The Australian Government has announced a new infrastructure tax
incentive as part of the 2011/12 Federal Budget to address some of
the tax difficulties faced by private sector infrastructure
Tax Difficulties With Infrastructure Projects
Due principally to the size of the projects, major economic and
social infrastructure projects in Australia are usually undertaken
by a consortium of investors through a special purpose project
vehicle(s). Greenfields infrastructure projects typically generate
'up front' tax losses from various costs and capital
allowances associated with the construction/development of the
project. Early stage taxation losses are usually 'trapped'
in the project vehicle (eg trust, company or stapled vehicles) and
cannot be readily utilised by the consortium members; as compared
to some other jurisdictions which allow tax losses to 'flow
through' to investors.
It may be many years before the project generates taxable
income, diminishing the real value of the tax losses.
Under the current tax loss carry forward/utilisation rules,
changes in the ownership of project vehicles can cause the
'continuity of ownership' test to be failed. Further,
project companies or trusts may not be able to rely on satisfying
the 'same business test'; particularly non-widely held
trusts. As a consequence, all the losses associated with the
project may potentially be forfeited due to a significant change in
The Proposed Tax Incentive: The purpose of the
tax incentive is to promote private and superannuation sector
investment in infrastructure by allowing tax losses to be carried
forward and uplifted at the Government bond rate. Any such uplifted
losses will be exempt from the continuity of ownership test and the
same business test. Certain infrastructure projects designated to
be of national significance will be eligible for the tax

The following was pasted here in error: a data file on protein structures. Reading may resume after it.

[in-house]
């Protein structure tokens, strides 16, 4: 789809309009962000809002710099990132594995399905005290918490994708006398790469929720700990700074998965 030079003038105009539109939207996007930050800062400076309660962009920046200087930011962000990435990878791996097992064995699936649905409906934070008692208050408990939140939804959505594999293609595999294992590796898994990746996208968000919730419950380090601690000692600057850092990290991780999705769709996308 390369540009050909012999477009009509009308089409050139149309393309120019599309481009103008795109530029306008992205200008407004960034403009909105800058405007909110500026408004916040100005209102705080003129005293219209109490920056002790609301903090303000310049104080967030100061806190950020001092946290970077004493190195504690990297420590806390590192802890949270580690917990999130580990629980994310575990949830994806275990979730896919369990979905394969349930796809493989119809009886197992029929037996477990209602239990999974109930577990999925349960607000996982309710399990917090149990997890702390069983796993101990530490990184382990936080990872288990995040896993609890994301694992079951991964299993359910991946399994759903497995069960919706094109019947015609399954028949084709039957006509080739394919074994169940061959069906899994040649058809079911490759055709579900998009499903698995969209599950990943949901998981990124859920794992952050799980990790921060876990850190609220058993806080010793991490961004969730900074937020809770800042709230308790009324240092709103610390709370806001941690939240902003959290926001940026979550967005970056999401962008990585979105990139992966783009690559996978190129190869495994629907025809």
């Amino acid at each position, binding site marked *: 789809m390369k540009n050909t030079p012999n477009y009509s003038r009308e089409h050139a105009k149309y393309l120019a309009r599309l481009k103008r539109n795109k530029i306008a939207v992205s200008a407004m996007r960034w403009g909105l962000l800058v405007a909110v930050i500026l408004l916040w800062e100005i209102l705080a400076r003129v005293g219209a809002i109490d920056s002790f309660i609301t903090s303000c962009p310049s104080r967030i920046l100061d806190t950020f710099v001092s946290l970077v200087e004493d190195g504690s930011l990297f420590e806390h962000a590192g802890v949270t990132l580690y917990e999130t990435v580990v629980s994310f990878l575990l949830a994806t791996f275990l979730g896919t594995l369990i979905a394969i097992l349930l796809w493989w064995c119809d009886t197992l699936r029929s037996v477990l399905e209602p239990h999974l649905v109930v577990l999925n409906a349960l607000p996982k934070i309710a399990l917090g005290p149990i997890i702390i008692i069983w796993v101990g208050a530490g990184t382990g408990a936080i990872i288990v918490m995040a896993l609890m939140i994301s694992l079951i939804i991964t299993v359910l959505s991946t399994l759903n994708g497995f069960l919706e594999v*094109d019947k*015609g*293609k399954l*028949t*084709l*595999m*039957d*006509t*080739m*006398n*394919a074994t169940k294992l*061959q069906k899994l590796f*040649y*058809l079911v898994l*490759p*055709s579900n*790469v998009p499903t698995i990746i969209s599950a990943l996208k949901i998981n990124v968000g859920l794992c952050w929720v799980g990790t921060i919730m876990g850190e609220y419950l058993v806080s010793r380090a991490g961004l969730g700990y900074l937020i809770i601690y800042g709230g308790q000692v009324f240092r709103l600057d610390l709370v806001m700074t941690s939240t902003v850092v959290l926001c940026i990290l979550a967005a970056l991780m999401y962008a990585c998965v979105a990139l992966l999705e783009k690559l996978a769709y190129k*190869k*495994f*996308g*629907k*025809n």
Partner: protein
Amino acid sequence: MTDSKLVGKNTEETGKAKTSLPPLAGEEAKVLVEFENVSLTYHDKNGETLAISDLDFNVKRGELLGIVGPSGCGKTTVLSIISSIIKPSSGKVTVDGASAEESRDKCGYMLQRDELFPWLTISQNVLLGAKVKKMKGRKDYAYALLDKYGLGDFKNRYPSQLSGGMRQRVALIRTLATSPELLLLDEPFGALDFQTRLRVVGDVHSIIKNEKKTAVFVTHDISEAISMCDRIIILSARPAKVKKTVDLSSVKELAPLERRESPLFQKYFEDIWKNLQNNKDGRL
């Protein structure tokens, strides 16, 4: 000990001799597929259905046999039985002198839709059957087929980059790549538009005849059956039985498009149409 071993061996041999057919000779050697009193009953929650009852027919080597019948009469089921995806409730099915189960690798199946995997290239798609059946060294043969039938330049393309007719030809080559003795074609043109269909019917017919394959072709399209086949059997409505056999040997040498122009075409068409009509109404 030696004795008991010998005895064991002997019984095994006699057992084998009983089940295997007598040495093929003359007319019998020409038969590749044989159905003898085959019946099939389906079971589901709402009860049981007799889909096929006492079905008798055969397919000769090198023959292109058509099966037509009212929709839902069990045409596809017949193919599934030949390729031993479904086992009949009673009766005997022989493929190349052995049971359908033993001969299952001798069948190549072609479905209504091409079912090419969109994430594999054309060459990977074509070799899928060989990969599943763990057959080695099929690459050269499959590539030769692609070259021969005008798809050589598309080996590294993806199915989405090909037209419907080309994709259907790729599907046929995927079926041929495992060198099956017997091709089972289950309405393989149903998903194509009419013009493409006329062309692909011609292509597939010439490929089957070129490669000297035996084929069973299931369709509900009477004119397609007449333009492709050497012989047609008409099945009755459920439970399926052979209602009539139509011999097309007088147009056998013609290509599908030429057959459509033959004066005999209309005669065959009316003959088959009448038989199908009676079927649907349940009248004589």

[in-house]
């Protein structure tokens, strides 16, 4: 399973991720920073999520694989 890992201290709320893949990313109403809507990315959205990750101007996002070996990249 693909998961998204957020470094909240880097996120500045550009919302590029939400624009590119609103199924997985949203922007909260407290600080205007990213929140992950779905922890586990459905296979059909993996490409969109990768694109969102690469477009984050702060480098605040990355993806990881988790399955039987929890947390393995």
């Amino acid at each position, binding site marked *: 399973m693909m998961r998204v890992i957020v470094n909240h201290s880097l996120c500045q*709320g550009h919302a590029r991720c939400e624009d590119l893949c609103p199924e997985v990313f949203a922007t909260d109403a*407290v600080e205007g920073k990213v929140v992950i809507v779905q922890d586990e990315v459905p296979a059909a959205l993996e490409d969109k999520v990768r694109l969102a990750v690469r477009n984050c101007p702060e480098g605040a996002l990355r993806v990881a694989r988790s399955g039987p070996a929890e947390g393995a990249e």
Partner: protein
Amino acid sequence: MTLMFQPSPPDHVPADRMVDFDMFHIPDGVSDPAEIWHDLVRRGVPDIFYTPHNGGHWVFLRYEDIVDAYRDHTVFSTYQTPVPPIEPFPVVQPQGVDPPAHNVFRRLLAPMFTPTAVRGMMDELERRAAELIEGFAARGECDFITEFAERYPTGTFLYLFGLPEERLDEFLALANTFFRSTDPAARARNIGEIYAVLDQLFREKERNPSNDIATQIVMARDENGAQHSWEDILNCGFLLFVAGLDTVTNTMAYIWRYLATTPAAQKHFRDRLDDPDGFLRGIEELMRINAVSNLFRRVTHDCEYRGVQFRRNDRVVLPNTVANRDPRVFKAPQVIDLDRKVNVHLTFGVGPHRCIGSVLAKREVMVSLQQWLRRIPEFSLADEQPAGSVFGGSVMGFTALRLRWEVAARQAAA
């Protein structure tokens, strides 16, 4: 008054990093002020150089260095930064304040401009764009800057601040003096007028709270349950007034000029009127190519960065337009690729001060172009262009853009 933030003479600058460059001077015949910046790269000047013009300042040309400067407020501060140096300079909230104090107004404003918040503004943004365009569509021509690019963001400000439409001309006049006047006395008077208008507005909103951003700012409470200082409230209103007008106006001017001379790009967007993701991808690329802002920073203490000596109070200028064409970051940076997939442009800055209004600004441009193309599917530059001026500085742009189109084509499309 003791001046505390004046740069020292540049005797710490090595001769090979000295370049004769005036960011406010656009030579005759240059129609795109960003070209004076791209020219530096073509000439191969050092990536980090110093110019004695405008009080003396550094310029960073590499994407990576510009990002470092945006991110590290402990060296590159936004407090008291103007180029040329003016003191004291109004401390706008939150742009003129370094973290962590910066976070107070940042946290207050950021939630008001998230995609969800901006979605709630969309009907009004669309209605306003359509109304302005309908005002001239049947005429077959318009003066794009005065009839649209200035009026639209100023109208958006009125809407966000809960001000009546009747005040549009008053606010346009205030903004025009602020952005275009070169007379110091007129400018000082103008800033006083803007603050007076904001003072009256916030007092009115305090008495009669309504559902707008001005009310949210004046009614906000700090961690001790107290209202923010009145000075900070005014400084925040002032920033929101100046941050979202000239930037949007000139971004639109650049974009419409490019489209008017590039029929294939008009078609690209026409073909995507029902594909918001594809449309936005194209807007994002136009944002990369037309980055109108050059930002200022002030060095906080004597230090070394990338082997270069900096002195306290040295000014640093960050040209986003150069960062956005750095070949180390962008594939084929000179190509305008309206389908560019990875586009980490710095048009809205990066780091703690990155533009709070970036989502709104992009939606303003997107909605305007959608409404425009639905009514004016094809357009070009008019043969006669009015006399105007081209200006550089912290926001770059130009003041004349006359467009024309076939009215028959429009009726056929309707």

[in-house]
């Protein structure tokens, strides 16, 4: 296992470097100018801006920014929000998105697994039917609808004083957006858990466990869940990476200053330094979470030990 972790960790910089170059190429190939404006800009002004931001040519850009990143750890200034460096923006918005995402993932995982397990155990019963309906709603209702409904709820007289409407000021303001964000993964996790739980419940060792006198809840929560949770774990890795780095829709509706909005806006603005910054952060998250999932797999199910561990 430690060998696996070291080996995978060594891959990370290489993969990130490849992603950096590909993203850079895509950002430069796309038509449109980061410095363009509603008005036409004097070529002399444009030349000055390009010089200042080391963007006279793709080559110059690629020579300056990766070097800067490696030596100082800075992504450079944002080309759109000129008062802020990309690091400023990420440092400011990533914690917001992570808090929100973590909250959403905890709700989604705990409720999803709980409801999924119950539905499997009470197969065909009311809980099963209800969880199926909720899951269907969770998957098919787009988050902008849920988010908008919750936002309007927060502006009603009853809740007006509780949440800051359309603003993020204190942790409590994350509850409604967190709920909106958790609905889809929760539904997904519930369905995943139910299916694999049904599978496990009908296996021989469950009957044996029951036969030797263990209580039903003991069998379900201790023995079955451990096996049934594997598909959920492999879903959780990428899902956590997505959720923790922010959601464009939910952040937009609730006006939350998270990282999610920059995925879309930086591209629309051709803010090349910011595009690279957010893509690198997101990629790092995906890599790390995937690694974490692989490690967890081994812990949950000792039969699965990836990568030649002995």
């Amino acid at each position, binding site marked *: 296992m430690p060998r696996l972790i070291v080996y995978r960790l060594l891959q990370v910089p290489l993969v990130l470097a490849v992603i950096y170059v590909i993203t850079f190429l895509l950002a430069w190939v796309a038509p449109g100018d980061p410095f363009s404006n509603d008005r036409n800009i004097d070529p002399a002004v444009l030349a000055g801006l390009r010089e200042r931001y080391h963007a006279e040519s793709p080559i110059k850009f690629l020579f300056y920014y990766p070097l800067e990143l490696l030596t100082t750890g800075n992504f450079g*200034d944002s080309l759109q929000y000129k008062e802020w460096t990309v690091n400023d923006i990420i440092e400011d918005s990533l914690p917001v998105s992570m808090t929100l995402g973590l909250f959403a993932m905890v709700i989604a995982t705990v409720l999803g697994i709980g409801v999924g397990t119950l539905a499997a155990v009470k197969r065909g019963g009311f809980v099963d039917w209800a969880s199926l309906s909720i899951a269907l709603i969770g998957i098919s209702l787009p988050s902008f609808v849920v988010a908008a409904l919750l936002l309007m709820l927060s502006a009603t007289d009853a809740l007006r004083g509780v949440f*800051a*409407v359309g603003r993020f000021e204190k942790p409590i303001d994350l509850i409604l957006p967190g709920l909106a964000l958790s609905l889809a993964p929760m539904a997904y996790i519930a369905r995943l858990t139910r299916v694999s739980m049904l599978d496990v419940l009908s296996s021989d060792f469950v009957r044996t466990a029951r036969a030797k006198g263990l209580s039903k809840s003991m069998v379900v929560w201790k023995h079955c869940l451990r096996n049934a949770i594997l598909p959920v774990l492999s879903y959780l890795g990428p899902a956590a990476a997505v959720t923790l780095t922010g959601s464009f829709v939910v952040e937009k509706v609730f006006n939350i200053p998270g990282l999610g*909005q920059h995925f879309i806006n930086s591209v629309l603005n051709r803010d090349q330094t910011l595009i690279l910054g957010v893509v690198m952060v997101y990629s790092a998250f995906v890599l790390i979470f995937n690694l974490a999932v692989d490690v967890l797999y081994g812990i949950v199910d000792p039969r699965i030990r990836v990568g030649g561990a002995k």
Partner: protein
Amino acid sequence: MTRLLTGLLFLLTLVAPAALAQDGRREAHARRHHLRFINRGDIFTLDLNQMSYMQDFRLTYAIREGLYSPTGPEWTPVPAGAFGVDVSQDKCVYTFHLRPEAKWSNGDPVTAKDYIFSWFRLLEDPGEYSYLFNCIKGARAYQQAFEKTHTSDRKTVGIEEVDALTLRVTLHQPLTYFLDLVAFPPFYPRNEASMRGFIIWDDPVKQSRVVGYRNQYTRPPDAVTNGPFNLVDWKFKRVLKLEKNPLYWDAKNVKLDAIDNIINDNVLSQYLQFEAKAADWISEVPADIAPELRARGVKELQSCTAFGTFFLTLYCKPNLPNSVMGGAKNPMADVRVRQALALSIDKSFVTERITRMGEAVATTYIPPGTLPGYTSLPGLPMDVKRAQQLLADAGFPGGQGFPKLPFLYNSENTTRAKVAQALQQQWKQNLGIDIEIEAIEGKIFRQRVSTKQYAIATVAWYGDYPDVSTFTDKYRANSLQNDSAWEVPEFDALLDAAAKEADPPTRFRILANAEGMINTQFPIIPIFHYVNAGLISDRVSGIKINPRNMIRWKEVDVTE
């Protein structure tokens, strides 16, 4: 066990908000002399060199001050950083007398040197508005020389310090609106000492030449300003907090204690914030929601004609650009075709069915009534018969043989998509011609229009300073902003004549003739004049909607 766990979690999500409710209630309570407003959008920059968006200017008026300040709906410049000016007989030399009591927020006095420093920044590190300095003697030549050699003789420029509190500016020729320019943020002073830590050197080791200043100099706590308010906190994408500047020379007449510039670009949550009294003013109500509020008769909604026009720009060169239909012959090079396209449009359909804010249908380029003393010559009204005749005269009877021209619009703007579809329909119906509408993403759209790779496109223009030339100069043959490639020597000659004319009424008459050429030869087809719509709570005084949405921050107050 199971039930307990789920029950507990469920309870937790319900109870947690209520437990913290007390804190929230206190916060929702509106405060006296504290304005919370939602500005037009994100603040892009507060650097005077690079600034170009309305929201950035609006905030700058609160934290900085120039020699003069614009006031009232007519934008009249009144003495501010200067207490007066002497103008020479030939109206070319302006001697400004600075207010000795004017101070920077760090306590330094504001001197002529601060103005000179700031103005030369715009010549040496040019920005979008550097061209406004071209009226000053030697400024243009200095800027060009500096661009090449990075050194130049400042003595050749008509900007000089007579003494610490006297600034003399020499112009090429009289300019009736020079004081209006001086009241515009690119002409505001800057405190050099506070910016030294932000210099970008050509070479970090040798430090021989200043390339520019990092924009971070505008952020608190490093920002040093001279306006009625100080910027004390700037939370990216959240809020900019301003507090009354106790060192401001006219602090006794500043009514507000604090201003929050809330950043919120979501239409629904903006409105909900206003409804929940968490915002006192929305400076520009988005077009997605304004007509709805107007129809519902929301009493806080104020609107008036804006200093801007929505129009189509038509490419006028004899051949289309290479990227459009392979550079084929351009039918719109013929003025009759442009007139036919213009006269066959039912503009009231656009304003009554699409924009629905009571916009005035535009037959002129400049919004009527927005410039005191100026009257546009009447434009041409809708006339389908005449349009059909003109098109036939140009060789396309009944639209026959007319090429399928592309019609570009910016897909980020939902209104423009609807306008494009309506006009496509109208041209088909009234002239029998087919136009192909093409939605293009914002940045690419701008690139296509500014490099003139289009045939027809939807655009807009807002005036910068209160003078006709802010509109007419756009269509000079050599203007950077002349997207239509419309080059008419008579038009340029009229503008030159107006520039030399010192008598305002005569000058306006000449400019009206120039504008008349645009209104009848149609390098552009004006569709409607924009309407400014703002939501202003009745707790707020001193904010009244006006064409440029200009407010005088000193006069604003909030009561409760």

While further consultation will be undertaken on the details of
the incentive, it will be operative from the time of Royal Assent
of the enabling legislation through to 30 June 2017.
A decision maker (to be determined) will select certain
designated infrastructure projects based on a range of criteria (to
be agreed) up to a capital cost cap of $25 billion over the
incentive period. Infrastructure Australia and industry
participants will be further consulted on the details of the
If this incentive is enacted as planned, we will likely witness
a 'beauty parade' of infrastructure projects vying for
'designated' status. For those successful and designated
infrastructure projects, this incentive will allow greater and more
reliable value to be captured/realised for these early stage tax
losses for both existing and successor owners of each
infrastructure project. We consider the incentive to be a move in
the right direction to alleviate in part some of the tax
difficulties faced by major infrastructure projects.
DLA Phillips Fox is one of the largest legal firms in
Australasia and a member of DLA Piper Group, an alliance of
independent legal practices. It is a separate and distinct legal
entity. For more information visit
This publication is intended as a first point of reference and
should not be relied on as a substitute for professional advice.
Specialist legal advice should always be sought in relation to any
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